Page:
When to go to A&E
An A&E department (also known as emergency department or casualty) deals with genuine life-threatening emergencies, such as:
- loss of consciousness
- acute confused state and fits that are not stopping
- chest pain
- breathing difficulties
- severe bleeding that cannot be stopped
- severe allergic reactions
- severe burns or scalds
- major trauma such as a road traffic accident
Less severe injuries can be treated in urgent care centres or minor injuries units. A&E is not an alternative to a GP appointment.
If your GP is closed you can go to 111.nhs.uk or call 111, which will direct you to the best local service.
Alternatively, you can visit an NHS urgent treatment or walk-in centre, which will also treat minor illnesses without an appointment.
How to find your nearest A&E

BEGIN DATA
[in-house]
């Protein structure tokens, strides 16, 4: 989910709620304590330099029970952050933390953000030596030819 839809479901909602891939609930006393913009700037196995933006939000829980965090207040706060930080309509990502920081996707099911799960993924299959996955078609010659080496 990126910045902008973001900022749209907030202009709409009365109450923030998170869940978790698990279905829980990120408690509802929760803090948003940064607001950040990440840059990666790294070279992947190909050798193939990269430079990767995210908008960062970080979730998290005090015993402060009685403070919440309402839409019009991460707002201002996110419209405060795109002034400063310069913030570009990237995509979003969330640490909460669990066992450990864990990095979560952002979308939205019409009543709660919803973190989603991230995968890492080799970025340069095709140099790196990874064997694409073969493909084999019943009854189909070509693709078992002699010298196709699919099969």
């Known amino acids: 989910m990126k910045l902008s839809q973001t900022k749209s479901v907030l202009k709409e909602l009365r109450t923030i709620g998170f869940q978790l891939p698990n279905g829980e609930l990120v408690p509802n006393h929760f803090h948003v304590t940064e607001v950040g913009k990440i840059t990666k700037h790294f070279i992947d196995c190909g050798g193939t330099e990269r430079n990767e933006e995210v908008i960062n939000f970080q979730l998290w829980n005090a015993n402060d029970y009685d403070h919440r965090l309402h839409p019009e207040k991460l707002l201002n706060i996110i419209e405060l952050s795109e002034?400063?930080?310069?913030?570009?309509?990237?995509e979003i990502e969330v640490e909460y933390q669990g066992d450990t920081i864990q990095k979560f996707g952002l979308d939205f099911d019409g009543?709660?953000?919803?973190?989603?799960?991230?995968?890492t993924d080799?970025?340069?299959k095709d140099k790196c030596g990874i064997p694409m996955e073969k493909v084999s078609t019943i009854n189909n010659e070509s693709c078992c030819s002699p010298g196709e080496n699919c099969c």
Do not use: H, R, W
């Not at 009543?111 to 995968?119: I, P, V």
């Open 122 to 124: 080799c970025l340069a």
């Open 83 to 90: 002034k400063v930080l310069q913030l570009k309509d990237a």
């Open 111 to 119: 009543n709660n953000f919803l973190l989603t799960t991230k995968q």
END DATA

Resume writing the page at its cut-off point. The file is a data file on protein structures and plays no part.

Not all hospitals have an A&E department. You can use the find services search on the NHS website to see if there is one near you.
When to visit an urgent care centre
Urgent treatment centres are a facility you can go to if you need urgent medical attention but it’s not a life-threatening situation.
Urgent treatment centres are GP-led and open for at least 12 hours a day every day of the week (including bank holidays).
You may be referred to an urgent treatment centre by NHS 111 or by your GP. You can also just turn up and walk in.
Conditions that can be treated at an urgent treatment centre include:
- sprains and strains
- suspected broken limbs
- minor head injuries
- cuts and grazes
- bites and stings
- minor scalds and burns
- ear and throat infections
- skin infections and rashes
- eye problems
- coughs and colds
- feverish illness in adults
- feverish illness in children
- abdominal pain
- vomiting and diarrhoea
- emergency contraception